Australian Women's Register

An initiative of The National Foundation for Australian Women (NFAW) in conjunction with The University of Melbourne

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  • In Her Gift: Women Philanthropists in Australian History

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Collie, Barbara (c. 1896 - 1970)

Born
c. 1896
Melbourne, Victoria, Australia
Died
1970
Melbourne
Occupation
Philanthropist

Summary

Barbara Collie established the Collie Print Trust in 1967.

Details

Barbara and her sister Catherine were daughters of Robert Collie, founder of the Collie printing ink company (later Collie Australia Ltd). Robert was of Scottish descent but born in Ireland. In 1857, at the age of four, he travelled with his family to Melbourne where his father took work as a farmer. Robert married Catherine Mary Atkins in 1881 and the pair had five children - three boys and two girls. Catherine Mary died in 1909 at the age of 47 when Barbara was just 13 years old and Catherine was 22. The sisters put aside opportunities for marriage in order to carry out family duties, and they cared for their father until his death in 1934 at the age of 82.

Philanthropic in her lifetime, Barbara donated the sculpture outside the Royal Women's Hospital in Carlton, Melbourne, to honour the work of the women's auxiliaries there. In 1967, seeking to perpetuate the memory of her father and brothers, she established the Collie Trust as part of the Barbara Collie Settlement with 100,000 ordinary 50 cent shares in the Collie printing business. Control of the trust was handed to the Trustees and Executors Agency Company, but Barbara's preference was for the money to be invested in the industry that had created the family wealth. The bequest deed was to fund technical education in graphic design equal to that available for printing students at the Royal Melbourne Institute of Technology. Funds were distributed to the Melbourne School of Printing and Graphic Arts there, later the International Centre of Graphic Technology. Barbara left a second portion of her estate as a general charitable fund, with money to be donated to charitable organisations at the discretion of the trustees.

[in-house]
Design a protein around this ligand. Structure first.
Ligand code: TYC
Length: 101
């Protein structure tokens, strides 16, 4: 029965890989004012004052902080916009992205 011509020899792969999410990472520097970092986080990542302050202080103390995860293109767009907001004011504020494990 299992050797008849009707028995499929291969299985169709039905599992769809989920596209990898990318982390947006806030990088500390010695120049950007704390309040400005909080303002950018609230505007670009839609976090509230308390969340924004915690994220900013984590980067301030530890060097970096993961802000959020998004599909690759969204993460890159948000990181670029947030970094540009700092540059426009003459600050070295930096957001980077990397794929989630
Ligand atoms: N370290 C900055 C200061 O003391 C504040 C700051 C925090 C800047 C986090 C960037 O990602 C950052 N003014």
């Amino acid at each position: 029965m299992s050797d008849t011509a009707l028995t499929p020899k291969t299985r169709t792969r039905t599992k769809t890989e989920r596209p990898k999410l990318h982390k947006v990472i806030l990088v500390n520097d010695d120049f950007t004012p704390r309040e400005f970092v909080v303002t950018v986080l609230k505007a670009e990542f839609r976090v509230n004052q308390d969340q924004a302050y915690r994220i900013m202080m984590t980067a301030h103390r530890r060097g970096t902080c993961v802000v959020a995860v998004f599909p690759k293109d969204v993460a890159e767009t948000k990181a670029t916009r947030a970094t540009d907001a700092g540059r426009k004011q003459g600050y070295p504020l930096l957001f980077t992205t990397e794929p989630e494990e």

By 1980, the Collie Trust was disbursing $20,000 per annum, while a further $26,000 went to charitable organisations as per Barbara's directions. Catherine Collie also left her estate to charity, with $14,000 disbursed annually by 1980. In its current form, the Collie Trust offers a number of fellowships and scholarships and supports AGIdeas, an annual conference for graphic design students.

Barbara Lemon

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